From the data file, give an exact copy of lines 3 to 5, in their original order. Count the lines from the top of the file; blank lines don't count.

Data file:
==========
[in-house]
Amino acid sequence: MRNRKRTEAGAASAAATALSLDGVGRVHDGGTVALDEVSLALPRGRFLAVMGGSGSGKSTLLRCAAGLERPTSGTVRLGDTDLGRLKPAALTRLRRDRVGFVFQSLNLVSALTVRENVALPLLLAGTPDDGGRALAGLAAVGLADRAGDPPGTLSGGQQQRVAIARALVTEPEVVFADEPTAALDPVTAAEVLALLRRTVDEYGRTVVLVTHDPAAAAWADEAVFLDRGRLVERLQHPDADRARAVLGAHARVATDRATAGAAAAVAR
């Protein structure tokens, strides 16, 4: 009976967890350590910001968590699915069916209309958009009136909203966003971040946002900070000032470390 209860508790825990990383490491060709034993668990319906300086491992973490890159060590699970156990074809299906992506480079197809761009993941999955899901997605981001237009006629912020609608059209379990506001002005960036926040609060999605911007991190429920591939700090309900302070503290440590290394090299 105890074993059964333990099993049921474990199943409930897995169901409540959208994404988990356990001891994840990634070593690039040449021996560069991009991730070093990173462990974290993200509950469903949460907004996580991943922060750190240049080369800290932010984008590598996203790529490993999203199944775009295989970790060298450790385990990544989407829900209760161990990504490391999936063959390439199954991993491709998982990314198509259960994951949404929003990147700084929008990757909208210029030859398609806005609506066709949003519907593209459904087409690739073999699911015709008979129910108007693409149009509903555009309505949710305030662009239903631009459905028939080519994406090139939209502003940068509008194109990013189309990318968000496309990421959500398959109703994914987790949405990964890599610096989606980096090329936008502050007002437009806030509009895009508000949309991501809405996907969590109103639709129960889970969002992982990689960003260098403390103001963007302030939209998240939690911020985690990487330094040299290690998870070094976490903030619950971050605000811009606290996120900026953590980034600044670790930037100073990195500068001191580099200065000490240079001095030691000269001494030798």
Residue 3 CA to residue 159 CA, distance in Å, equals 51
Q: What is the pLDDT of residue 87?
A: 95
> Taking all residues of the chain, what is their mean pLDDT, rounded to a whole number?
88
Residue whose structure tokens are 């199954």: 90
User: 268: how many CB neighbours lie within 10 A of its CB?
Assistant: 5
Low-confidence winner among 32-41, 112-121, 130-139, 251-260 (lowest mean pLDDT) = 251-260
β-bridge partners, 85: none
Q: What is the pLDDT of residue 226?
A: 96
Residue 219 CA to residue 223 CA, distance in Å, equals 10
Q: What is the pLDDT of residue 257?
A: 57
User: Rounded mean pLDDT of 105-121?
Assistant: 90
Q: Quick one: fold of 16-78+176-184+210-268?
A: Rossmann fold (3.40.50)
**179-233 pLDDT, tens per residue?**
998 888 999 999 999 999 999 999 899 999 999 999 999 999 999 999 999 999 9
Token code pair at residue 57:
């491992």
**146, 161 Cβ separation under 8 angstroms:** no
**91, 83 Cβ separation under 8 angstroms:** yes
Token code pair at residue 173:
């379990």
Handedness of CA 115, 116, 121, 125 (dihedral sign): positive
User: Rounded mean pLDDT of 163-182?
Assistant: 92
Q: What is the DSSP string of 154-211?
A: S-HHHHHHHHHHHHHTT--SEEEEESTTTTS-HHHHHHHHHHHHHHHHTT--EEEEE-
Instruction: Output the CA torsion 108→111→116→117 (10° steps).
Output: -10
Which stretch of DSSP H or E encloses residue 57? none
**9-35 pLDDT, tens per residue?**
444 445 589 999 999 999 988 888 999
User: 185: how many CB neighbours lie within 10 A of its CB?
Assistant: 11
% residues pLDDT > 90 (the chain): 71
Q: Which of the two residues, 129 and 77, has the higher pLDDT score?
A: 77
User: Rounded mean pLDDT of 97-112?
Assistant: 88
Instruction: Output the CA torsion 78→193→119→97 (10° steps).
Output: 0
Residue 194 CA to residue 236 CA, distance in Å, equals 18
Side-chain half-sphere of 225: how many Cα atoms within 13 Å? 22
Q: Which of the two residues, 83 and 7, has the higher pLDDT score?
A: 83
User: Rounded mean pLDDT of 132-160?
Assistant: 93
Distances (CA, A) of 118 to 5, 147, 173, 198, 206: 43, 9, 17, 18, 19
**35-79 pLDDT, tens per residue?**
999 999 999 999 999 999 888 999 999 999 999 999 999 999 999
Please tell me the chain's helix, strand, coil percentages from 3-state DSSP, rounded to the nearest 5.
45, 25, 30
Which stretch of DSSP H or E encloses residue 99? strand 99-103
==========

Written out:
């Protein structure tokens, strides 16, 4: 009976967890350590910001968590699915069916209309958009009136909203966003971040946002900070000032470390 209860508790825990990383490491060709034993668990319906300086491992973490890159060590699970156990074809299906992506480079197809761009993941999955899901997605981001237009006629912020609608059209379990506001002005960036926040609060999605911007991190429920591939700090309900302070503290440590290394090299 105890074993059964333990099993049921474990199943409930897995169901409540959208994404988990356990001891994840990634070593690039040449021996560069991009991730070093990173462990974290993200509950469903949460907004996580991943922060750190240049080369800290932010984008590598996203790529490993999203199944775009295989970790060298450790385990990544989407829900209760161990990504490391999936063959390439199954991993491709998982990314198509259960994951949404929003990147700084929008990757909208210029030859398609806005609506066709949003519907593209459904087409690739073999699911015709008979129910108007693409149009509903555009309505949710305030662009239903631009459905028939080519994406090139939209502003940068509008194109990013189309990318968000496309990421959500398959109703994914987790949405990964890599610096989606980096090329936008502050007002437009806030509009895009508000949309991501809405996907969590109103639709129960889970969002992982990689960003260098403390103001963007302030939209998240939690911020985690990487330094040299290690998870070094976490903030619950971050605000811009606290996120900026953590980034600044670790930037100073990195500068001191580099200065000490240079001095030691000269001494030798």
Residue 3 CA to residue 159 CA, distance in Å, equals 51
Q: What is the pLDDT of residue 87?